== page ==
Just as Nathaniel Hawthorne set The Scarlet Letter during the Salem witch trials even though he was really making a commentary on corruption during his own mid-nineteenth century era, Eugenides makes college campuses during the early years of Reagan’s rule stand in for his own literary heyday during the dotcom boom. After all, Eugenides is of that competitive, brilliant, somewhat bratty cohort that came of age during the Clinton years in the White House, a cohort that included not just Wallace, but also Jonathan Franzen, Rick Moody, and other powerhouse maximalists. Maybe it was for this reason that it’s hard to read about Leonard Bankhead’s struggle with mental illness and romantic and career failure without crying. Even though the Bankhead of The Marriage Plot is ostensibly a scientist and not a novelist, he is every bit the doomed, lumbering Wallace (Eugenides’ protestations aside), and his character’s role in The Marriage Plot suggests that with the death of David Foster Wallace, something about the messy, beautiful, ambitious world of late twentieth-century fiction died, too.
Such depictions of Wallace—and our own response to them—certainly contribute to the hagiography growing up around DFW since his death, a mythology that Jonathan Franzen bitterly laments in an article about the writer’s suicide in The New Yorker. At the same time, this protracted collective mourning for Wallace says less about the writer than it does about the paucity of our own contemporary literary sphere. In 2000, James Wood could lament the rise of what he dubbed “hysterical realism,” a genre that brought together over-the-top, unbelievable characters and plots with an exploration of real social systems. Wood dubbed “hysterical realist” a number of novels being produced during the last decade of the twentieth century—novels by megawatt writers such as Zadie Smith, David Foster Wallace, and Salman Rushdie. Ten-plus years later, in Anglo-America, it’s hard to even grasp what Wood was so worried about. In 2011, the literary landscape seems somehow quieter, more fragmentary now than it did when Wood wrote his critique of the hysterical real. Maybe, in a post-9/11 world, at war on multiple fronts, our social landscape is already too “hysterical” to brook representation. In many ways, not so much has changed, really. Every year, there are still novels christened great ones. Every year, some 25-year-old novelist is still inaugurated that year’s enfant-terrible-in-training. Every year, critics are still in search of novels that treat the big Themes (capital letter intentional). In 2011, N+1 editor Chad Harbach’s The Art of Fielding was the one to beat. However, despite the continuities of the writing, publishing, and reviewing cycle, it’s hard not to cast our eyes backwards, as Eugenides does, to the 1990s, a time when the novel—hysterical realist, naturalistic, or otherwise—mattered so much, drew so much ire, contributed to a common public discourse that no longer seems to exist.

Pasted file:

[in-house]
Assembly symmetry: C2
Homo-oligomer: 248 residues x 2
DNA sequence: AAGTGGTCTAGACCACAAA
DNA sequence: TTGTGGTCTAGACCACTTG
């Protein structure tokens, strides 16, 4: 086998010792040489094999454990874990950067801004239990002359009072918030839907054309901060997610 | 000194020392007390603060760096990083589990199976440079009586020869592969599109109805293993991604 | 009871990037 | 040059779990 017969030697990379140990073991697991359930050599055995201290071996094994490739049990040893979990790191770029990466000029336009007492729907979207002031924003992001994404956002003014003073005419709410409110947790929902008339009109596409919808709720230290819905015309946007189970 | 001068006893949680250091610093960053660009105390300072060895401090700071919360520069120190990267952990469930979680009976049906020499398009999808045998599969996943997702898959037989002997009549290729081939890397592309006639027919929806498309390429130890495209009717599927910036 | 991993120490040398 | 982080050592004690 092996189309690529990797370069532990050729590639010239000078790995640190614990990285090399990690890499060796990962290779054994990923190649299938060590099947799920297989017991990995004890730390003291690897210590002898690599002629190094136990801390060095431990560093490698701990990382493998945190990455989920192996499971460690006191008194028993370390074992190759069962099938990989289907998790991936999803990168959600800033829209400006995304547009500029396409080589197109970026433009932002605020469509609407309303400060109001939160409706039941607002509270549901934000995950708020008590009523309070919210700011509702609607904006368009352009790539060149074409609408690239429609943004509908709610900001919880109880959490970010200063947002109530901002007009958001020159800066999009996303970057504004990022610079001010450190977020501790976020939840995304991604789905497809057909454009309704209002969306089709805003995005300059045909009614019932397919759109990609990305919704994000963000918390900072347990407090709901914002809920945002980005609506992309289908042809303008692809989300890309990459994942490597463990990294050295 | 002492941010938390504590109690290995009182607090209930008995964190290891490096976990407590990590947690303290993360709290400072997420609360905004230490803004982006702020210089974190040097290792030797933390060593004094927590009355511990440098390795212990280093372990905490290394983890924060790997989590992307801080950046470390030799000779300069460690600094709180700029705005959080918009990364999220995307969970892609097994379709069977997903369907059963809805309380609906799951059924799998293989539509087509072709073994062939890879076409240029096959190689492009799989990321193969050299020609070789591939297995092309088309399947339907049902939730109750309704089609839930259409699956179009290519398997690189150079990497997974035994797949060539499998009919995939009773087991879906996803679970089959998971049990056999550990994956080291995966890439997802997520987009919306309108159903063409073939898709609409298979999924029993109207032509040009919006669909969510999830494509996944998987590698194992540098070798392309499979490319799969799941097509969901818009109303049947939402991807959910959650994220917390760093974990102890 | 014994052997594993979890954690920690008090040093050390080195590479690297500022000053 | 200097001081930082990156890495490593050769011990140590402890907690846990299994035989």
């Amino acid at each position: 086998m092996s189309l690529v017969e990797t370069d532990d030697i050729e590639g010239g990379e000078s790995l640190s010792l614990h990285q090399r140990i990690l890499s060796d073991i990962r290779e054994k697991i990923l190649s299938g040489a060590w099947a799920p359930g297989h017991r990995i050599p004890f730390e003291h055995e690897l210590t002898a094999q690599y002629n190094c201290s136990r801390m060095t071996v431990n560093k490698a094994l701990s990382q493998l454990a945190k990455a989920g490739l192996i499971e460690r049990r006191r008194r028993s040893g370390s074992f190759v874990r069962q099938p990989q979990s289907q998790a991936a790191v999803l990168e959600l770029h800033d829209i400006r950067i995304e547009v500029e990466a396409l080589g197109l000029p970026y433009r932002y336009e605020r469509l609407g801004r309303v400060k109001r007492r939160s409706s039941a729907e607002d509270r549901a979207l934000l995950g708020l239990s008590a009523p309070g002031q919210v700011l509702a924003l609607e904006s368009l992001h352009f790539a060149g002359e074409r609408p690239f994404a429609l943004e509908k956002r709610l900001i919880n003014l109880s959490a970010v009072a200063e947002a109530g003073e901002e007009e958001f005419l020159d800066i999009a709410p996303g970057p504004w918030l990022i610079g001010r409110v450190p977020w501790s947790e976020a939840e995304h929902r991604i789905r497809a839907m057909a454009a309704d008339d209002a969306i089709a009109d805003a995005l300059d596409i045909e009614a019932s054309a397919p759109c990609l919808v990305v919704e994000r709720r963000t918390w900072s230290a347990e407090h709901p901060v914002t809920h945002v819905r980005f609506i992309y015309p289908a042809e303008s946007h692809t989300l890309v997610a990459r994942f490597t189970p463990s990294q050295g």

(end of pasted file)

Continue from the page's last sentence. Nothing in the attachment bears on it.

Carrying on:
Follow us on twitter@thefastertimes
- 1 Brooklyn Man Now Living Entirely Off Own Beard Garden
- 2 First Openly Straight Figure Skater Comes Forward
- 3 “Cra Cra” Now Official Diagnosis in New DSM (DSM-5)
- 4 OfficeMax Marketing Director Struggling to Make Staplers ‘Sexy’ and ‘Conversational’
- 5 Area Man Tailors Life To Be More Relevant To His Hulu Advertisements
- 6 Fan Banging Furiously on Glass Could Be the Difference in Hockey Playoffs
- 7 Homeless Guy Woos Silicon Valley VCs with Low-Tech Crowdfunding Startup
- 8 Survey: 88% of Eagles Fans Too Drunk To Spell Nnamdi Asomugha Last Season
- 9 Attorney Actually Starting to Believe Own Bullshit
- 10 Local Mom Won’t Stop Being First Person to Like Every Goddamn Thing Son Posts to Facebook